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Which? warned advice move puts consumer trust at risk

Advisers say consumer champion Which? risks losing consumers’ trust by engaging in commercial activities such as mortgage and protection sales.

Money Marketing revealed this week that Which? is to begin advising clients of its mortgage advisory branch on protection products, starting in autumn 2014. Previously advice was outsourced to independent adviser LifeSearch.

However, advisers say the move could lead to consumers losing faith in the copmpany’s impartiality.

Plan Money director Peter Chadborn says: “As a consumer group, the further Which? forays into this kind of activity, the more they will dilute consumers’ perception of trust.

“It is very hard to call yourself a consumer champion while you are effectively selling products at the same time – because that is what’s happening here; they have set up a sales team.”

Highclere Financial partner Alan Lakey says similar questions around impartiality were raised when Which? set up its mortgage advice arm 18 months ago.

He says: “When the mortgage advice branch was set up, it did lead to questions. How do you maintain an unbiased approach to advice when you are charging fees for selling a product?

“Are they independent in the analysis they conduct, which has been their strength historically, or are they now relying on consumers as customers?”

John Charcol senior technical manager Ray Boulger criticises Which? for failing to offer a whole of market proposition.

Boulger says: “How on earth can it be an entirely impartial advice service? By definition if you are setting up a panel of providers you are not offering whole of market advice, which just further dents the notion that you are an impartial and unbiased service.

“The more areas they go into on a commercial basis, the more they open themselves up to these questions.”

A spokeswoman for Which? says: “Which? achieves positive change for all consumers by providing genuinely impartial advice and services that put consumers’ needs first. Any profits we make from our commercial enterprises are ploughed back into our work for all consumers.”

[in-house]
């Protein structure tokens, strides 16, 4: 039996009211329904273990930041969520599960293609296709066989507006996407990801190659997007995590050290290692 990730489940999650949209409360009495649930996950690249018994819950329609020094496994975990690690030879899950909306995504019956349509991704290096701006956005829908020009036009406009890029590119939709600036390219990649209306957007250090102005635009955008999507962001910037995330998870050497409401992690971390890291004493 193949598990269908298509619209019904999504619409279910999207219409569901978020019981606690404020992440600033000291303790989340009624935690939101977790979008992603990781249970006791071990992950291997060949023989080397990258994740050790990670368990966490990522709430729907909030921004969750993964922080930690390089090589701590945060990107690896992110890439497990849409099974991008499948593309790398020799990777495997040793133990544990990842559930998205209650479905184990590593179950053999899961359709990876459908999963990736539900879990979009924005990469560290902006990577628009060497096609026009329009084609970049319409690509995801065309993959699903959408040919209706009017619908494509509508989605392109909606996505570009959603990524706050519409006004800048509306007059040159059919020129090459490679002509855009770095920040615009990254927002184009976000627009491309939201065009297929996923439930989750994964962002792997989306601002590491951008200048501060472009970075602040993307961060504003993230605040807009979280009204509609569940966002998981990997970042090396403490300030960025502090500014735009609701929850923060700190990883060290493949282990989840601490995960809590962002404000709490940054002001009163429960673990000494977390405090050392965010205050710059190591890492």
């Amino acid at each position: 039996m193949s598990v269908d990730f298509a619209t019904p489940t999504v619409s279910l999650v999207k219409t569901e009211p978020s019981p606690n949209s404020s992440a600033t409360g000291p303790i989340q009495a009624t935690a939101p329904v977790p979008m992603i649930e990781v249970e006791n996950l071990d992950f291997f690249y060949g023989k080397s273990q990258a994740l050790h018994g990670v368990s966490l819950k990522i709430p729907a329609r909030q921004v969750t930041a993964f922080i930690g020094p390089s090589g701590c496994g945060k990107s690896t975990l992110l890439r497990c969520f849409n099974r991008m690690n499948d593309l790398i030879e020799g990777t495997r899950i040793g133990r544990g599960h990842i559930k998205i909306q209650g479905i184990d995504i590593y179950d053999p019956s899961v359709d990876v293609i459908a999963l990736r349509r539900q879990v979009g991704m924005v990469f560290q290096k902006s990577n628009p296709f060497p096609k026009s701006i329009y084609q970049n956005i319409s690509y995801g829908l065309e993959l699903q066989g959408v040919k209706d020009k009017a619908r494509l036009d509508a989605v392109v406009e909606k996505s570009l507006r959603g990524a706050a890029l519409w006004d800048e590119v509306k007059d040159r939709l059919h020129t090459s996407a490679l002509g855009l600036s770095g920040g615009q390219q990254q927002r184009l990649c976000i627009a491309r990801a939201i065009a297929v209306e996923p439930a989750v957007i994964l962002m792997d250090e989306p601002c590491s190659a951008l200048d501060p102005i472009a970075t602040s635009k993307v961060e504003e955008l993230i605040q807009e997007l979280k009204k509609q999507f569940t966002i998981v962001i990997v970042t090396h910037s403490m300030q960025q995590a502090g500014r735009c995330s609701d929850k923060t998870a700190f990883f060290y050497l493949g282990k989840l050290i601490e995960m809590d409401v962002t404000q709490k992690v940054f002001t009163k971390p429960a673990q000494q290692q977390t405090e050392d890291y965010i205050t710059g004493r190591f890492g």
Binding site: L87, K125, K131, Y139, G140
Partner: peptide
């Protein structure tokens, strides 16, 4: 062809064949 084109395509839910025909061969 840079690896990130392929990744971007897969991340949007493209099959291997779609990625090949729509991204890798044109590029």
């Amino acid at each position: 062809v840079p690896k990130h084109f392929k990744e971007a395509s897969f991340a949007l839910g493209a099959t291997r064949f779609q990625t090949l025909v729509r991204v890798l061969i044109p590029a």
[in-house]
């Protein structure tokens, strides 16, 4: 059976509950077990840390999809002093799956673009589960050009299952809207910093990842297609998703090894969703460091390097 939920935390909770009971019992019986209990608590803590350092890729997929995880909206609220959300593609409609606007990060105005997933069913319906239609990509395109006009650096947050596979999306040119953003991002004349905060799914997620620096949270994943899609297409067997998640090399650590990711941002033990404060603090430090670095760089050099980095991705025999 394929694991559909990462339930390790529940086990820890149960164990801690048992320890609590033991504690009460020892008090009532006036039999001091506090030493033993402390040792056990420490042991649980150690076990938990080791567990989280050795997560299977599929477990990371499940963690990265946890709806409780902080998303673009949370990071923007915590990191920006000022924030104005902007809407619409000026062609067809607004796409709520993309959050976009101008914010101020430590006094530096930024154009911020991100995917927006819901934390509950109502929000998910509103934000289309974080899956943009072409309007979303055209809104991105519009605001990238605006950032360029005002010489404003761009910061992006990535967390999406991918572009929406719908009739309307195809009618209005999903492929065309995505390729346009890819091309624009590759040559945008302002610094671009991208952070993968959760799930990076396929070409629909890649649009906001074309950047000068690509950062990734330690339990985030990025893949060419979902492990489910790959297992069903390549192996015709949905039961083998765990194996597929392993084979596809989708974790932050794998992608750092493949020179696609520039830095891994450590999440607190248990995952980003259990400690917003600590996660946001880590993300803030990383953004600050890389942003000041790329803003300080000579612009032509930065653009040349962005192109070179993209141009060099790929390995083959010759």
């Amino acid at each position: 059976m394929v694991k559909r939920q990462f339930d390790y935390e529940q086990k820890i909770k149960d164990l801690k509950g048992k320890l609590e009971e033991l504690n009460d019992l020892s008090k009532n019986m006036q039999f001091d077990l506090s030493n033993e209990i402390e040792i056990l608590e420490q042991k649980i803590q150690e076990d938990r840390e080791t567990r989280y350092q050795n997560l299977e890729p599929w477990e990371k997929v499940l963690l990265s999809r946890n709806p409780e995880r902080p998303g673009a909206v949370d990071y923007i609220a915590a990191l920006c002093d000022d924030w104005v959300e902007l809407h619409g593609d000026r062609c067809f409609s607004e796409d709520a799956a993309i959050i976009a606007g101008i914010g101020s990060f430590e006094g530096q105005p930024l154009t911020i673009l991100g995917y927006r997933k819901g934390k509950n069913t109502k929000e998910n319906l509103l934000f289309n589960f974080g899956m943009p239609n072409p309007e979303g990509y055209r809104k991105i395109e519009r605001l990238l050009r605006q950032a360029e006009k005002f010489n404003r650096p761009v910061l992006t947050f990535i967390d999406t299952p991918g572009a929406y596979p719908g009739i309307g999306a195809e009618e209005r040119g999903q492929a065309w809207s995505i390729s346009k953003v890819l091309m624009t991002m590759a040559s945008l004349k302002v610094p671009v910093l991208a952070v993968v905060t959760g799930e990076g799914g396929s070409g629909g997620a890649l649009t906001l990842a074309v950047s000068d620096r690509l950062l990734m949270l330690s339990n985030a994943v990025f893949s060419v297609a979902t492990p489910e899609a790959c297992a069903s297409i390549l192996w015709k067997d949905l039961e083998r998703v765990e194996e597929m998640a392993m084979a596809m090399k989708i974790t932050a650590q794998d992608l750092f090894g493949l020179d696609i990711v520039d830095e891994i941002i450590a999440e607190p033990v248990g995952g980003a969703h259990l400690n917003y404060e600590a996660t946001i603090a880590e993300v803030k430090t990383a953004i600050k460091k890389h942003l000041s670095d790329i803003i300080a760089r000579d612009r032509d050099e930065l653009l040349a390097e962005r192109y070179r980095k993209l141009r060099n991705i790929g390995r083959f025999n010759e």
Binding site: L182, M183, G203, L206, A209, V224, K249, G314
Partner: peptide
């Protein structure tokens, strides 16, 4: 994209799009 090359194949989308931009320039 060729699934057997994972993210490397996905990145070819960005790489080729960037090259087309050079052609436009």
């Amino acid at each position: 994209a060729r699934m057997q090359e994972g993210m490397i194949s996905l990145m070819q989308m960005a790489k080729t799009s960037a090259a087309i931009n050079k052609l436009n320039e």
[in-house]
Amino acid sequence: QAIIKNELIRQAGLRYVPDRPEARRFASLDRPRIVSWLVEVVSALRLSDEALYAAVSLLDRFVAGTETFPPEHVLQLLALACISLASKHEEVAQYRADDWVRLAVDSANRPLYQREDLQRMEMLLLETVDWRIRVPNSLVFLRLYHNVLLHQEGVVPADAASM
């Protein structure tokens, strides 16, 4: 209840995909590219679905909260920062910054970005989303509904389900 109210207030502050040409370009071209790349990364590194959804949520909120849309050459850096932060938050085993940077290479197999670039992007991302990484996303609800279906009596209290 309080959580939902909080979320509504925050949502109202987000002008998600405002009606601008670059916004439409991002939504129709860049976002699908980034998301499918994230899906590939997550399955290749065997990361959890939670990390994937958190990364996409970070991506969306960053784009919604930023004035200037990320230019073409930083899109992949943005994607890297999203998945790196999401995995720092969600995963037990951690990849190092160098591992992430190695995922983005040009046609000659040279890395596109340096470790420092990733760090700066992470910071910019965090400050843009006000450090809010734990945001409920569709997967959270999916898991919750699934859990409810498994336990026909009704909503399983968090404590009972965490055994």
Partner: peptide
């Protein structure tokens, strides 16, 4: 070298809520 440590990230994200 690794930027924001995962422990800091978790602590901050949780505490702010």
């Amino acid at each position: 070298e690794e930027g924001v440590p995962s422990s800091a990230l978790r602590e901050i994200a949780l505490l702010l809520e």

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There are 3 comments at the moment, we would love to hear your opinion too.

  1. I echo the comments above and continue to wonder why don’t businesses simply stick with what they’re good at…?

    Unfortunately it feels that Which? is another entity looking to squeeze every last drop of commerciality out of their well established position.

  2. If the panel of providers that are being offered are along the lines of the Which? ‘best buys’ ratings then I can’t see how the interests of the clients are harmed?

    All advisers should be looking at the quality of the product over the cheapest options in any case – a panel of a quality and competitively priced product seems logical for a consumer champion?

    You wouldn’t expect Which? to be offering a product which is inferior and does not provide value for money so it makes sense to remove them from the offering.

  3. @PJ-Botham,

    This can be argued as being true for clients who are standard risk and would be accepted on the standard terms, however, what about client’s who have health issues or undertake dangerous hobbies for example?

    There can be big differences in the loadings applied due to issues such as these so they aren’t necessarily offering the consumer the best value for money if they aren’t able to assess the whole market.

    Will their panel include the Friendly Societies so that manual workers can obtain cost effective income protection? Will it include the specific Friendly Societies who will provide income protection to offshore workers? Will their panel include an impaired life insurer?

    I think this move by Which? opens them up to a whole host of potential criticism and could easily tarnish their reputation as a consumer champion.

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